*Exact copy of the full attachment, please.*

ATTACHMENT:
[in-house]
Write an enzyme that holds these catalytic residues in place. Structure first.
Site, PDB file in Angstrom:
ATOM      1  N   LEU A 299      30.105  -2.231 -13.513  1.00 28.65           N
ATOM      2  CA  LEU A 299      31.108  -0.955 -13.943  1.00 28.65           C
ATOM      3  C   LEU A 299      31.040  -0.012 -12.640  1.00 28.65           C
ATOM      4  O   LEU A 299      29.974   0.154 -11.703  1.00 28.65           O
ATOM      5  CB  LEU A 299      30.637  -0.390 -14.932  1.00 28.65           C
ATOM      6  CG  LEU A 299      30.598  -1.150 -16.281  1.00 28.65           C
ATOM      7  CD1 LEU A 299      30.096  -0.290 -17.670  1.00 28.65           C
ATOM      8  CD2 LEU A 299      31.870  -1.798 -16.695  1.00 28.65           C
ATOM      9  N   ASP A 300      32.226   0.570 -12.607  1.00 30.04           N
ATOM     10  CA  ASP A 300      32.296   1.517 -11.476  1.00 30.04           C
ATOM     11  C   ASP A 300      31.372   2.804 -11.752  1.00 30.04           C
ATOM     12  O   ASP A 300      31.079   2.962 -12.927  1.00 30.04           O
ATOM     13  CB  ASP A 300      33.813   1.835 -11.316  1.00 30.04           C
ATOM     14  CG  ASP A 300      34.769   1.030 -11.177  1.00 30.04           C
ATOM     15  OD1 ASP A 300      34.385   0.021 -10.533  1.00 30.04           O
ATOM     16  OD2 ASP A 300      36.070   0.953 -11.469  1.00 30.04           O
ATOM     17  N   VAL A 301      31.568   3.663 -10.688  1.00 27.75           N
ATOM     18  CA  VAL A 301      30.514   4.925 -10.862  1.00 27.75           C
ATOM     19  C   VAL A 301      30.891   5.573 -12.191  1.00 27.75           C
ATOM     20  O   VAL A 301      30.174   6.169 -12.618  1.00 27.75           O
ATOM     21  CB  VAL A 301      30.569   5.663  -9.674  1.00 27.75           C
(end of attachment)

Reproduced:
[in-house]
Write an enzyme that holds these catalytic residues in place. Structure first.
Site, PDB file in Angstrom:
ATOM      1  N   LEU A 299      30.105  -2.231 -13.513  1.00 28.65           N
ATOM      2  CA  LEU A 299      31.108  -0.955 -13.943  1.00 28.65           C
ATOM      3  C   LEU A 299      31.040  -0.012 -12.640  1.00 28.65           C
ATOM      4  O   LEU A 299      29.974   0.154 -11.703  1.00 28.65           O
ATOM      5  CB  LEU A 299      30.637  -0.390 -14.932  1.00 28.65           C
ATOM      6  CG  LEU A 299      30.598  -1.150 -16.281  1.00 28.65           C
ATOM      7  CD1 LEU A 299      30.096  -0.290 -17.670  1.00 28.65           C
ATOM      8  CD2 LEU A 299      31.870  -1.798 -16.695  1.00 28.65           C
ATOM      9  N   ASP A 300      32.226   0.570 -12.607  1.00 30.04           N
ATOM     10  CA  ASP A 300      32.296   1.517 -11.476  1.00 30.04           C
ATOM     11  C   ASP A 300      31.372   2.804 -11.752  1.00 30.04           C
ATOM     12  O   ASP A 300      31.079   2.962 -12.927  1.00 30.04           O
ATOM     13  CB  ASP A 300      33.813   1.835 -11.316  1.00 30.04           C
ATOM     14  CG  ASP A 300      34.769   1.030 -11.177  1.00 30.04           C
ATOM     15  OD1 ASP A 300      34.385   0.021 -10.533  1.00 30.04           O
ATOM     16  OD2 ASP A 300      36.070   0.953 -11.469  1.00 30.04           O
ATOM     17  N   VAL A 301      31.568   3.663 -10.688  1.00 27.75           N
ATOM     18  CA  VAL A 301      30.514   4.925 -10.862  1.00 27.75           C
ATOM     19  C   VAL A 301      30.891   5.573 -12.191  1.00 27.75           C
ATOM     20  O   VAL A 301      30.174   6.169 -12.618  1.00 27.75           O
ATOM     21  CB  VAL A 301      30.569   5.663  -9.674  1.00 27.75           C